How does a PC expansion pack come to the Xbox 360 without looking overpriced? Sierra Entertainment could have offered Extraction Point (the first PC expansion) on Xbox LIVE Marketplace, but they didn't. In what I'd class as a wise decision, Extraction Point and more recent expansion Perseus Mandate have been bundled together. Given that each takes between 4-6 hours to complete the package more than stands up to the average shooter in terms of length. But given the strong line-up of first-person shooters the Xbox 360 has at the moment, do these two games still cut it?

Extraction Point continues directly on from the end of the original game, and if you've played that through to its conclusion you'll know that things didn't end well. What follows is a 4-6 hour continuation of the F.E.A.R. story. One of the main problems with the original is its less than clear story, and Extraction Point poses even more questions, with key moments once again being told though nightmarish visions. Yes, I'm brushing over the key details, but saying anything would spoil what is already a short lived experience.

As with the original, action sequences are separated by numerous rooms and areas where nothing happens at all, other than the odd noise, light flicker and your own mind playing tricks on you. Truly scary moments aren't that regular, if only because by now you'll know that they generally arrive after your headset receives some kind of garbled noise, but Extraction Point's atmosphere is still superbly eerie. You'll mentally prepare for battle by going from room to room gathering health packs (a sure sign that some carnage is about to ensue), and when battle starts, the F.E.A.R. magic kicks in again.

It's hard to explain just how satisfying it is to run into room, activate your slow-mo ability, hear an enemy soldier yell out in distress, and then blow him into a red mist. By the time you've collected numerous boosters for your health and slow-mo ability, you'll be able to clear whole rooms, shotgun blast after shotgun blast, leaving a wake of dismembered bodies and an awful lot of blood.

Not that the enemy soldiers, semi-invisible ninjas (how I hate them), new semi-invisible demon-like things (I don't hate them as much), armoured walking tanks and the rest make things easy. The AI in F.E.A.R. puts most other games to shame, and creates a game that is incredibly dynamic and replayable. They move, take cover, and attempt to get the better of you in ways that feel realistic, and the chatter between them adds to the illusion. While the weapons (with a few excellent additions in the expansion) cause the damage, it's the AI that makes the game.

While Extraction Point is great, the newer expansion included in F.E.A.R. Files, Perseus Mandate, manages to be even better. The game runs in parallel to the first two games and this time sees you looking for something called the perseus - hence the name. Although you'll see some new environments, new enemies and a few new weapons, gameplay remains pretty much as it was, with a heavy emphasis on slow-motion gun-play and a lot of action.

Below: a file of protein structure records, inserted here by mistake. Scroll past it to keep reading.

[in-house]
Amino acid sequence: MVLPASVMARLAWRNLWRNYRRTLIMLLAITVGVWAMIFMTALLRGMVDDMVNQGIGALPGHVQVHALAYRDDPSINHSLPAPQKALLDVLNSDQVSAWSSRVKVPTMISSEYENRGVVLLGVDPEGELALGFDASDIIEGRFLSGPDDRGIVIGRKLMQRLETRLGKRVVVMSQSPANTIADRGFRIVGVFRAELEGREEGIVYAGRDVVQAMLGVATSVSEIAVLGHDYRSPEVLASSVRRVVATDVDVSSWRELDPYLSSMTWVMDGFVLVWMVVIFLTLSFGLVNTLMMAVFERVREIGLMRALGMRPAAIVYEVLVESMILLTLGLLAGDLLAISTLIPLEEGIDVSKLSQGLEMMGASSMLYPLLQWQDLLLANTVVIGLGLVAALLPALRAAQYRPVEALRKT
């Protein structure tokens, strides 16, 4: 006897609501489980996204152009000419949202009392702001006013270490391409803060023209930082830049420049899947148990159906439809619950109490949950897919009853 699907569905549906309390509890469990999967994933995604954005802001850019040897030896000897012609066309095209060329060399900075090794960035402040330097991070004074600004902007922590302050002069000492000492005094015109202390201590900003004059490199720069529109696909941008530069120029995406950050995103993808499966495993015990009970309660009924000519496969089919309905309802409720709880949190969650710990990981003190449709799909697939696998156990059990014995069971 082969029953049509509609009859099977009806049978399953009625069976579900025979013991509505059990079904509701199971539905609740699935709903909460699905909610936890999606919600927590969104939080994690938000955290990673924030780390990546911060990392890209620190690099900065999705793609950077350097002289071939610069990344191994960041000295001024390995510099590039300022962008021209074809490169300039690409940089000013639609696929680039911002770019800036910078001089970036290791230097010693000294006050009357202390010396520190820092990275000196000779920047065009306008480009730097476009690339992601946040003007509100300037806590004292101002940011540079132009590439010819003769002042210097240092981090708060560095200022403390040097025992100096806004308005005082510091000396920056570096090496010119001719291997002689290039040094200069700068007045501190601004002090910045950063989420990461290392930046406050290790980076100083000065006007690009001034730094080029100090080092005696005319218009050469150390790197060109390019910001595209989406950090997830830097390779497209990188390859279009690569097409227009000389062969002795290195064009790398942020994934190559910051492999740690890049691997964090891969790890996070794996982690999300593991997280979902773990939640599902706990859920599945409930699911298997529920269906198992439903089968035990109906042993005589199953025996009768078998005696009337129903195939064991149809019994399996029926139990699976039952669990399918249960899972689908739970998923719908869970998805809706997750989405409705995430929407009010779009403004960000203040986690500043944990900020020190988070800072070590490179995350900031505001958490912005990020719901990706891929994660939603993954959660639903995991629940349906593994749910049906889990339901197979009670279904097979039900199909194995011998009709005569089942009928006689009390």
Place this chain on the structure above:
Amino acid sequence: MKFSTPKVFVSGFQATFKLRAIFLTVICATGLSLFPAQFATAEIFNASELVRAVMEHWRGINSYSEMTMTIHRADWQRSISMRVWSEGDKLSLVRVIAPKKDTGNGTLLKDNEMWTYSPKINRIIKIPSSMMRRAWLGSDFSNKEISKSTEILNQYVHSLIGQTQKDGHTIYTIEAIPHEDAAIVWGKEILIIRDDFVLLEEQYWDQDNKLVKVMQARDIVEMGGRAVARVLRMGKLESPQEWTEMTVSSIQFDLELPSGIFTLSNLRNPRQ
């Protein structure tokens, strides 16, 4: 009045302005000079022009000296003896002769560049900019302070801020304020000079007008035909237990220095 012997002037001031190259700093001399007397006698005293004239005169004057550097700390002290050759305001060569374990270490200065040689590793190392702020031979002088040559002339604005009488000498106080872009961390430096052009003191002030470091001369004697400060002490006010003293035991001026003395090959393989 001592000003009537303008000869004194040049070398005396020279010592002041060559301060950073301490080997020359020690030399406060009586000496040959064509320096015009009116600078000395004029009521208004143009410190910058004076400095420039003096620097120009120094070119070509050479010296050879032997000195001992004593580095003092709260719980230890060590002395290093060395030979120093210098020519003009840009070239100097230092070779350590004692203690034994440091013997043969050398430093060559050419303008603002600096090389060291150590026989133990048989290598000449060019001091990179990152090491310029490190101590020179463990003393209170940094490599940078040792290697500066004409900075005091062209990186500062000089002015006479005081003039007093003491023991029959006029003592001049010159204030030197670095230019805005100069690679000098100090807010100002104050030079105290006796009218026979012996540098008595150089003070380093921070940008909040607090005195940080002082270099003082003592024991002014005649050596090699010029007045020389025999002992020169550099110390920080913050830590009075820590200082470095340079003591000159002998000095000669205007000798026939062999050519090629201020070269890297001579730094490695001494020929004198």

The F.E.A.R. engine is starting to show its age

What makes Perseus Mandate more enjoyable is the larger areas you fight in. Extraction Point is great fun, but it often forced you down narrow corridors and didn't allow the enemy AI to excel like it did in the original game. While not quite up the standard seen in the first game (which is still one of the most entertaining first-person shooters available), playing Perseus Mandate directly after Extraction point makes the differences between the two expansions clear to see. Not only is the level design better suited to the gameplay, but the overall level of care put into the game is higher - it feels like criticisms of the first expansion were taken to heart and sorted out.

As well as Xbox LIVE support for up to 16 players (which hasn't changed a great deal since the first F.E.A.R. game to grace the Xbox 360) you also get eight instant action levels. These are essentially sections from the main two games, with you going against the clock to score points as enemies try to take you out. They aren't for the faint hearted, but the included online scoreboards make them highly addictive and a worthy addition to the two main games. Achievement points are also an improvement on the first game, with points being spread nicely between the single and multi-player game modes.

Visually both games are showing their age, and the number of grey concrete buildings and offices started to grate by the end. While the game engine still looks great when you're in the middle of a fight (with stuff blowing up and debris flying), for the most part both games look a little dull. Performance is solid on the whole, although the frame rate does bog down on occasion, which really isn't acceptable given the relatively basic visuals. The gameplay is still great, but the graphics engine is on its last legs.

F.E.A.R. Files is a highly enjoyable package, but the games do show their heritage. Both expansions are based on an engine that we first saw over two years ago and games have moved on. For some thrilling and often scary gameplay look no further, especially if you're a fan of the first game, but gamers who have gorged on Call of Duty 4, BioShock and Halo 3 might find Sierra's latest a little dated.